Vol 3 No 1 (2018): Winter

Editorial

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    Introduction:lthough herbal medicine have been used by traditional healers and physicians for thousands of years, these herbs are still being probed by researchers hoping to unlock their full therapeutic potentials. There is still much to learn about the biochemical and clinical effects of the individual constituents and of the various parts (petals, stigmas, leaves, and roots) of these plants. Many of today’s synthetic drugs originated in the plant kingdom, and less than two hundred years ago, the major pharmacopoeias of the world were dominated by herbal drugs-

Case Report(s)

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    The primary hypertrophic osteoarthropathy (PHOA or pachydermoperiostosis) is a rare (5% of total HOA) hereditary disease. One study described that the prevalence of PHOA is 0.16%. PHOA characterized by skin thickening (pachydermia), finger clubbing, and proliferation of periosteum (periostitis) with subperiosteal new bone formation and enlarged extremities secondary to periarticular and bone proliferation. Clinical manifestations are variable; the term complete syndrome is used for the patient with pachydermia, coarsening of the face skin and scalp, periostitis, and cutis verticis gyrata; the incomplete form is used when there is no sparing of the scalp; and the frusted form is used for pachydermia with minimal or absent periostitis. We describe a 29-year-old white man with PHOA, and clinical and radiological characteristics of this syndrome, as well as therapeutic approach of PHOA.

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    Mycosis fungoides (MF) is the most common type of cutaneous T-cell lymphoma, which often appears in the form of patches, plaques, and tumors as originally described by Alibert and Bazin. The manifestation of MF as annular lesions is uncommon, and herein we report one of those cases. A 54-year-old woman complaining of itchy skin lesions from three years before, came to our clinic with no response to topical steroids. In skin examination, there were annular lesions with erythematous slightly raised borders, and some scattered erythematous thin plaques in trunk and extremities with a predilection to lower extremities. Epidermal and poikilodermic changes were not evident. There were no lymphadenopathy and hepatosplenomegaly. Biopsies were obtained from three different lesions and the diagnosis of all samples was consistent with MF. A diagnosis of stage 1B of MF was made and the patient went under oral psoralen and ultraviolet A (PUVA) therapy. MF has different clinical manifestations that can be confused with other inflammatory dermatological disorders. Until now, less than 10 cases of MF with annular lesions have been reported in the English literatures, and most of them initially were under treatment with other differential diagnosis of annular lesion than MF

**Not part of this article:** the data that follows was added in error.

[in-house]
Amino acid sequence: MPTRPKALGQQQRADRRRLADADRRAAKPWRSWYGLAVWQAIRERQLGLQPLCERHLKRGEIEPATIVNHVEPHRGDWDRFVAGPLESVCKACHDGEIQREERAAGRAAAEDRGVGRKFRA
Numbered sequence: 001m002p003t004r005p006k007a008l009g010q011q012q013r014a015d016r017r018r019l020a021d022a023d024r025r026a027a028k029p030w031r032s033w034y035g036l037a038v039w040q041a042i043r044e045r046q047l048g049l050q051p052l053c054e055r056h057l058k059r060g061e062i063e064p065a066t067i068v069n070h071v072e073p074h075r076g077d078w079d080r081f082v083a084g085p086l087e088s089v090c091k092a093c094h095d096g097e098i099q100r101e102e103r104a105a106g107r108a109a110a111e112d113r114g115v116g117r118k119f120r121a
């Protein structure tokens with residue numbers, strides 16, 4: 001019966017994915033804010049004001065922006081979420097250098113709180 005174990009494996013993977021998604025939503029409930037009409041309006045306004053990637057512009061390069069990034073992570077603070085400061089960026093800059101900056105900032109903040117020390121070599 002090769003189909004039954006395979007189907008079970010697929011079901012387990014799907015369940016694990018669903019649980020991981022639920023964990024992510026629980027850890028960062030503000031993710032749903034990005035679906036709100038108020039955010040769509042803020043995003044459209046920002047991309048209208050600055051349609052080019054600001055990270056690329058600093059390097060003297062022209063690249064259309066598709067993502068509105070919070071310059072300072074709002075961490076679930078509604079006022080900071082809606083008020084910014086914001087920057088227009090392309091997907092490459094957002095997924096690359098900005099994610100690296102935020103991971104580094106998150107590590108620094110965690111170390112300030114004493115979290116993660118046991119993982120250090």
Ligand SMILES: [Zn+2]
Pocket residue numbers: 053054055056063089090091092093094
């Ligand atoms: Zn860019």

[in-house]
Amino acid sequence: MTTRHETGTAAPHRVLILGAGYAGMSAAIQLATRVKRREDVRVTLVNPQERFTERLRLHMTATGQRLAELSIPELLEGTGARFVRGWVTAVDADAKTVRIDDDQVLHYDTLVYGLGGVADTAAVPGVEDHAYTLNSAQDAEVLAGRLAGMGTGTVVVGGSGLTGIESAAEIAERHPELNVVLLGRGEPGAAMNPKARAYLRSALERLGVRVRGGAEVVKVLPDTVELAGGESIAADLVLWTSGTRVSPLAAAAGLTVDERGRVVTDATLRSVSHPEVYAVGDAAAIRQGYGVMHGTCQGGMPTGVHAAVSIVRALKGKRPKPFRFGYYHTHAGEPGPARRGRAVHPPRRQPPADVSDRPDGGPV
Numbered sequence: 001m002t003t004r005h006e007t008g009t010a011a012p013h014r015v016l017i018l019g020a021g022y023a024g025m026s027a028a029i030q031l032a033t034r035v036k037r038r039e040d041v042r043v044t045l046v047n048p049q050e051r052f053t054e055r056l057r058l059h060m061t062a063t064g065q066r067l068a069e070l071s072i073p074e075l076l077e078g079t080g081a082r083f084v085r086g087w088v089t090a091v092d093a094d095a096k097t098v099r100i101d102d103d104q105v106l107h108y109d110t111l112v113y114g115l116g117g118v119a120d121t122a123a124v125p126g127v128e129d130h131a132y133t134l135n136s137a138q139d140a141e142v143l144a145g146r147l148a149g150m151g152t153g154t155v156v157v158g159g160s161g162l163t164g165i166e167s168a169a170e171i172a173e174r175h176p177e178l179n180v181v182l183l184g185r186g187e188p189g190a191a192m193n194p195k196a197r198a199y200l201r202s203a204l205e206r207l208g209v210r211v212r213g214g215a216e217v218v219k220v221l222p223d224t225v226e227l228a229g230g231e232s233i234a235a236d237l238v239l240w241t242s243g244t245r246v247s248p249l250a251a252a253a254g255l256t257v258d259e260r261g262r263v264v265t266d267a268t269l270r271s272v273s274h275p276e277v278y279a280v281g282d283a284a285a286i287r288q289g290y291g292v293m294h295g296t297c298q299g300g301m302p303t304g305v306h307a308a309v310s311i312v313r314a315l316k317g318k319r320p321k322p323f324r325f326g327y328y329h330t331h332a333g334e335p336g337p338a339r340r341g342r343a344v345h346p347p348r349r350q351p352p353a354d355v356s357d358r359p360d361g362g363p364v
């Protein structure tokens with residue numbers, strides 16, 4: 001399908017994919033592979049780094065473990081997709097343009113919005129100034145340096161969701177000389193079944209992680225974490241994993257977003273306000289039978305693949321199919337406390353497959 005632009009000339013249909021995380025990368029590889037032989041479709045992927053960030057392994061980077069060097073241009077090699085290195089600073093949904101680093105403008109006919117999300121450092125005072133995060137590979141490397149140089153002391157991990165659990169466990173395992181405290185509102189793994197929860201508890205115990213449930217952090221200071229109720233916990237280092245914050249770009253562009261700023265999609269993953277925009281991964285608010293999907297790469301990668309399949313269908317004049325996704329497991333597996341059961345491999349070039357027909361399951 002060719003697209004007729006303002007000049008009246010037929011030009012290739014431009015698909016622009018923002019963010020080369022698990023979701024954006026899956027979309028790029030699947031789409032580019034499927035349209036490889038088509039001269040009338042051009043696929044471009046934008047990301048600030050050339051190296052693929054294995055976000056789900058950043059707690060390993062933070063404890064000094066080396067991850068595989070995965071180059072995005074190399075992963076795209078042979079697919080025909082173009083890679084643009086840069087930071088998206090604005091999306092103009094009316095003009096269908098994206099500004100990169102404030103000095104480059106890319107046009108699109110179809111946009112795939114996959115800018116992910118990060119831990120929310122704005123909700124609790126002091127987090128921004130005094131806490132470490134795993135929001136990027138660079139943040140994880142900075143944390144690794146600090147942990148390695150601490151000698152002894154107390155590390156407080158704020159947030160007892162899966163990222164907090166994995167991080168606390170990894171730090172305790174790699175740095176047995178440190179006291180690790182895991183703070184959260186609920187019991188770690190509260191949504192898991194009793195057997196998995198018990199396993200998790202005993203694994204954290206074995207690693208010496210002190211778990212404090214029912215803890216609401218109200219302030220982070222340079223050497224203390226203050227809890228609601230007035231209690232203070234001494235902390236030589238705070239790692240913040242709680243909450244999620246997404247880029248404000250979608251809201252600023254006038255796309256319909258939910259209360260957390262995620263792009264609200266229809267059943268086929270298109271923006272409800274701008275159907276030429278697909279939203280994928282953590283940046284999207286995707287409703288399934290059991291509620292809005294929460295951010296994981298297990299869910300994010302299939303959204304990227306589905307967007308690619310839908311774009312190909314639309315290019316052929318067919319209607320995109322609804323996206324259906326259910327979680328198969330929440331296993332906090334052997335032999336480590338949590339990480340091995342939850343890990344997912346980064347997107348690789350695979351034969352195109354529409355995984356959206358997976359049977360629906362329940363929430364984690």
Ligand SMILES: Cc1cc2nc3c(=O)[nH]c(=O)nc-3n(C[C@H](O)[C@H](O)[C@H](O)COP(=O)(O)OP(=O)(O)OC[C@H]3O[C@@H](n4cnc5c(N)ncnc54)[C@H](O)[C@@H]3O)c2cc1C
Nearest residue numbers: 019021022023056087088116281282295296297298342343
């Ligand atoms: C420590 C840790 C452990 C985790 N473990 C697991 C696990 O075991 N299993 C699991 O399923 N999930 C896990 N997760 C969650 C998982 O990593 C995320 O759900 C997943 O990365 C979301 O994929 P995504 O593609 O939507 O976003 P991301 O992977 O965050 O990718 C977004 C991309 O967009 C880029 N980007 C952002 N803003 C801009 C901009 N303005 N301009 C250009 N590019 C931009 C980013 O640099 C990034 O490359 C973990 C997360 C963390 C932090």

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    Hyponatremia due to syndrome of inappropriate antidiuretic hormone secretion (SIADH) occurs as a rare but clinically important phenomena in various conditions including malignant neoplasms, infections, and central nervous system disorders, and as an adverse effect of numerous drugs. To the authors’ knowledge, there are a few reports on SIADH associated with quetiapine in the literature. This case presents a 58-year-old woman receiving quetiapine for the treatment of bipolar disorder. The patient was hospitalized due to generalized tonic-colonic seizure. After checking her laboratory tests, she was found to be hyponatremic, and the treatment began accordingly. The situation was resolved after discontinuation of quetiapine therapy. Quetiapine was thought to be the cause for the patient’s symptoms, and she was diagnosed with SIADH induced by this medication. Close monitoring of the sodium level is recommended in patients taking quetiapine.